Leadership Lessons from Confucius: continuous learning

continuous learning

Confucius traveled to Wei, with Ran Qiu driving his carriage. Confucius said: “There are so many people!” Ran Qiu said: “When there are so many people, what should be done next?” “Enrich them.” “When they are rich, what should be done next?” “Educate them.”
子適衛,冉有僕。子曰:「庶矣哉!」冉有曰:「既庶矣,又何加焉?」曰:「富之。」曰:「既富矣,又何加焉?」曰:「教之。」

Recruiting the right talent is just the first step in building a vibrant organization. Once you have everyone onboard, the next step is to make sure that they have the opportunity to constantly upgrade their capabilities through continuous learning. Although rich online resources in diverse multimedia formats have made access to knowledge more convenient than ever before, building a culture that actively encourages and rewards continuous learning is essential if everyone in the organization is to keep on growing.

Notes

This article features a translation of Chapter 9 of Book 13 of the Analects of Confucius. You can read my full translation of Book 13 here.

(1) There is extensive commentarial debate over whether Confucius means that rulers should make sure that the material needs of their people are met before teaching them moral values or that they should carry out both tasks at the same time. Given that food and shelter are the top priority for people living in poverty, the former interpretation makes the most sense. Once their basic needs are satisfied, people as a general rule are more receptive to education.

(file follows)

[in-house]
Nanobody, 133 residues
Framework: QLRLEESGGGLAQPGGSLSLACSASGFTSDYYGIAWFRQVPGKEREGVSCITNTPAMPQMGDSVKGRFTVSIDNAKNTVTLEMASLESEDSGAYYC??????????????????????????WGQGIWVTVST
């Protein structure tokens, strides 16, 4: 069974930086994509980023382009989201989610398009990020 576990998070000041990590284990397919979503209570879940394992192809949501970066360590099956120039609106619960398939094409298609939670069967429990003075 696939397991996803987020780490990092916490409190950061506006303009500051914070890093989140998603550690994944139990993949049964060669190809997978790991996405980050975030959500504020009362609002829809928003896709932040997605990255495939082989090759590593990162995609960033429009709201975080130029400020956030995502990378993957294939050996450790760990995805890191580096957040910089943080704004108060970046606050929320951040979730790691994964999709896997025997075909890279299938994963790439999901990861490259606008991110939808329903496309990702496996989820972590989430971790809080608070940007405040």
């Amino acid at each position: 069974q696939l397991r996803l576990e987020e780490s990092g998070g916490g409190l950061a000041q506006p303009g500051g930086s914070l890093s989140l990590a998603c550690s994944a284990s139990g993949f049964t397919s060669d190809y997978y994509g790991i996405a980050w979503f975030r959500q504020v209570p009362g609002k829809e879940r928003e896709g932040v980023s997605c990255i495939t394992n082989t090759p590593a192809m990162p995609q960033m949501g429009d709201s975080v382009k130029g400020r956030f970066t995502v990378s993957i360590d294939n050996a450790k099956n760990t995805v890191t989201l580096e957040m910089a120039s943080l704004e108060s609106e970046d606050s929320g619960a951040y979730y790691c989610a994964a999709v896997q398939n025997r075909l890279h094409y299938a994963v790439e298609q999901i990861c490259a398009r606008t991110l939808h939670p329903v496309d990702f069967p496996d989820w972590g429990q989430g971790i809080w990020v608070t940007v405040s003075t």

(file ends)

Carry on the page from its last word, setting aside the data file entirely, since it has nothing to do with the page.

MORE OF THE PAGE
(2) State rulers actively competed with each other to attract new people during the Spring and Autumn Period. They were always in need of additional pairs of hands to farm their uncultivated land and, of course, contribute their taxes to their treasuries, labor to their road and irrigation projects, and strength to their armies. If the rulers exploited the common people too heavily, however, they would simply up sticks and seek out another more welcoming state to settle in. Having a large population was thus seen as a sign of good governance.

I took this image near the stunning primal forest of Taipingshan. You can read more about the magical place here.

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